Is This Any Way To Run An Airline?

Michael O'Leary is sitting in his spartan office on the outskirts of Dublin airport, wearing headphones and crooning along--badly--to the U2 classic "Bad." "If you twist and turn away," he warbles, in a key that makes a visitor wish a jet would roar overhead. The music is coming from a handheld device about the size of an Etch A Sketch. It's a digital media player, equipped with music from 100 CDs and hours of video: cartoons, sitcoms, even first-run movies. Starting next month Ryanair, the no-frills airline O'Leary has turned into an industry darling, will begin renting the devices to passengers for $6 per flight. The plan has all the markings of the strategies Ryanair has made famous. The handheld units are far cheaper than installing the seat-back TVs other airlines use, and renting them gives Ryanair a whole new way to squeeze money from its passengers during flights. Says O'Leary: "We think this is going to be the next really big thing up in the air."

If his track record is any guide, the hyperbole may prove prescient. Over the past decade, O'Leary has reinvented the European airline industry and driven down fares across the continent. While his strategies owe much to Southwest Airlines, the pioneer in low-fare flying in the United States, industry observers credit him with going beyond imitation to find ways to improve on the model.

That's one reason Ryanair's ascent offers lessons far beyond the airline industry. The company is already a case study at Harvard Business School, used to illustrate how competitors respond when a new player enters a business. And O'Leary, who routinely garners headlines for trash-talking and outrageous stunts (he once drove a tank to a rival's headquarters to denounce its high fares), could offer any executive lessons on using publicity to help build a brand. Looking ahead, O'Leary is toying with some revolutionary ideas about pricing: he envisions a day when Ryanair gives away the bulk of its tickets and makes money by selling things to its captive in-flight audience.

Ready for a tutorial from the world's best airline? Buckle your seat belt.

Like many start-ups, Ryanair took a few years to get off the ground. Founded by veteran Aer Lingus executive Tony Ryan, the airline began offering $180 flights between Ireland and England in 1986. Prior to Ryanair's launch, getting from London to Dublin required either a $400 flight or a nine-hour journey by ferry and train. While Ryanair's sales grew, profits were elusive. "In the early days the company was trying to be everything to everybody--they were trying to provide service and amenities comparable to Aer Lingus and British Air, but at a lower price," says Jan Rivkin, a Harvard professor who's written on Ryanair. That began changing in 1991, when O'Leary, an accountant who'd become Ryan's protege, visited Southwest's headquarters in Dallas. At the time, Southwest was already garnering accolades as the industry's big innovator, though it hadn't yet expanded to become a national airline.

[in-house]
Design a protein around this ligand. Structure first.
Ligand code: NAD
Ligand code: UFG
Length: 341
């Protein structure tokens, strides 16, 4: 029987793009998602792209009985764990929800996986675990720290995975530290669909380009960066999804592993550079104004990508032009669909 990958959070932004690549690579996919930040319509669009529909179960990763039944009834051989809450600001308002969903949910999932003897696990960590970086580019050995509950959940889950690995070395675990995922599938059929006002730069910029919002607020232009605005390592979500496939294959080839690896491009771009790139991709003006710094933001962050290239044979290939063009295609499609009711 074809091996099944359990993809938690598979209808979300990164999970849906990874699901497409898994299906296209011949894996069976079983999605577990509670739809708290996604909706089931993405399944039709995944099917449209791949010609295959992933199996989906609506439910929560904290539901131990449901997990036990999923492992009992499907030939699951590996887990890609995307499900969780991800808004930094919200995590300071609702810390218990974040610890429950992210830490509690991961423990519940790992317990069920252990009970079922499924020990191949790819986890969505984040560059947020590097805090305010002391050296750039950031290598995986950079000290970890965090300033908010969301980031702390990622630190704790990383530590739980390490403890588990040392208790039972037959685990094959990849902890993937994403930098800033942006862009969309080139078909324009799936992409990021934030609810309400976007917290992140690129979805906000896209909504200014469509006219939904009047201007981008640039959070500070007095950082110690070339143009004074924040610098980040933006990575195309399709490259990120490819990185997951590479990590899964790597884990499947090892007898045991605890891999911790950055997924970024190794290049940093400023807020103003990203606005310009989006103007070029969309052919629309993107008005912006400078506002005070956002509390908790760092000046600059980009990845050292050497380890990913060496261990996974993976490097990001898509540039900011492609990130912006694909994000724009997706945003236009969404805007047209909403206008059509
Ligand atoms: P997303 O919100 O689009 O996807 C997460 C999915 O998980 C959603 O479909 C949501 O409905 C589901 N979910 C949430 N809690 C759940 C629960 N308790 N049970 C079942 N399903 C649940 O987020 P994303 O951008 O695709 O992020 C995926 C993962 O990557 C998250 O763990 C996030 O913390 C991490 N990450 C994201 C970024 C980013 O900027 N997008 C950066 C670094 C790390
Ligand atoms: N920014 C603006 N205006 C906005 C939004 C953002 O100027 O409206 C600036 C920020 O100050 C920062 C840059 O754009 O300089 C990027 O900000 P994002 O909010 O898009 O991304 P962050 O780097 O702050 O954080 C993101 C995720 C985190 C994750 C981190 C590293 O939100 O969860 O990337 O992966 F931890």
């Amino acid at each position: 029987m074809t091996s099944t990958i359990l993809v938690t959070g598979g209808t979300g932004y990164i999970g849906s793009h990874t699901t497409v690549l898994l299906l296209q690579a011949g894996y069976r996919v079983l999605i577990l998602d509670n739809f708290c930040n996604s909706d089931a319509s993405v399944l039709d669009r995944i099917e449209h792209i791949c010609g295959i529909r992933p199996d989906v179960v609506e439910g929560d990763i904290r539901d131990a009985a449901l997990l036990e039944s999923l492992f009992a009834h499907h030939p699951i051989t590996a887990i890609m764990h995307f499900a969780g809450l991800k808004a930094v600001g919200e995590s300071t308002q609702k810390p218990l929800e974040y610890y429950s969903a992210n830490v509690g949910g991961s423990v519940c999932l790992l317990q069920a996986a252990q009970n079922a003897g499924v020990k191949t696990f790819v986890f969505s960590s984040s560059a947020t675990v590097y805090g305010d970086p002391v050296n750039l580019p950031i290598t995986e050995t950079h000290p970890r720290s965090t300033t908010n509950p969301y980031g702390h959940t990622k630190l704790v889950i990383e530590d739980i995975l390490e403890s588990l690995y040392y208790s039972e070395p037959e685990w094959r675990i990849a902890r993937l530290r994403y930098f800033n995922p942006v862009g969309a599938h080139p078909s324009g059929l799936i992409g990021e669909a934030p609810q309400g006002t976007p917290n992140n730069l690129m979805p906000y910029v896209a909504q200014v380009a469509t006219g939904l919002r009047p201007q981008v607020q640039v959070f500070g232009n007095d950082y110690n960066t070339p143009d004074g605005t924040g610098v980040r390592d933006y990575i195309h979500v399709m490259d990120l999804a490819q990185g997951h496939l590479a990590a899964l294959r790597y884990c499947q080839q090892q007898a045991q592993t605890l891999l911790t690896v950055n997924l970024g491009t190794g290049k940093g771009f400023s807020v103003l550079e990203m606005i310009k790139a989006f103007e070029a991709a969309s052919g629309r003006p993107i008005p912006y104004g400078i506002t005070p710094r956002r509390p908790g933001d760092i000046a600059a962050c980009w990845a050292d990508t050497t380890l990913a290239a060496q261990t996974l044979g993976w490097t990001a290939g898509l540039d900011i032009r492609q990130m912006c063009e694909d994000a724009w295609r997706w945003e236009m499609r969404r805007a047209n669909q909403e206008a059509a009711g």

O'Leary liked what he saw. Then as now, Southwest used a single type of plane, the 737, to keep maintenance costs down. It shunned assigned seats and in-flight meals, providing service more akin to Greyhound than American Airlines. Its employees worked hard to cut turnaround time, allowing aircraft to spend more hours in the air. Most important, Southwest avoided major airports and the hub-and-spoke system of connecting flights favored by bigger airlines. "It's like everybody drives into the city during rush hour so they can all swap cars to drive back out," O'Leary says. "It's nuts--the most inefficient, ineffective, most expensive way to do it." Instead, Southwest flew point-to-point, using smaller airports like Oakland and Providence instead of San Francisco and Boston. Flying back to Ireland after a few days with Southwest 13 years ago, O'Leary laid plans to replicate the strategy.

Over the next decade he did even better. In addition to adopting the Southwest approach of standardized planes and direct flights to outlying airports, O'Leary attacked costs. He eliminated seat-back pockets to make it easier to clean planes. There are no blankets or pillows onboard Ryanair. There are no free drinks or snacks--the company charges extra for everything. Feeling airsick? Plan ahead: vomit bags are distributed only by request. If your luggage weighs more than 35 pounds, you'll face stiff charges. There are no frequent-flier miles, no commissions for travel agents and no refunds. "He's trying to cut it down to exactly what the customer wants," says aviation consultant Michael Boyd, who half-jokingly adds that he wouldn't be surprised if Ryanair instituted pay toilets. Says O'Leary: "Our trick is: can we shave 30 cents per passenger? When you're serving 30 million passengers, that's an awful lot of money."

To make those numbers, though, has required cuts that haven't always gone over smoothly. In "Ryanair: How a Small Irish Airline Conquered Europe," author Siobhan Creaton reports that "some newspapers now have columns dedicated solely to Ryanair customer gripes." For years the company charged extra for passengers needing wheelchair assistance. Merion Williamson of Essex, England, has flown Ryanair more than 50 times, but even this loyal customer complains about the price of onboard sodas, the absence of assigned seating and the long delays waiting for luggage to be unloaded. "You get what you pay for," she says, admitting that she often vows never to fly Ryanair again--but she always does. O'Leary, who describes the process of "weaning" customers off the frills offered by high-fare competitors, is unapologetic: "You paid us a fare of $19--go away."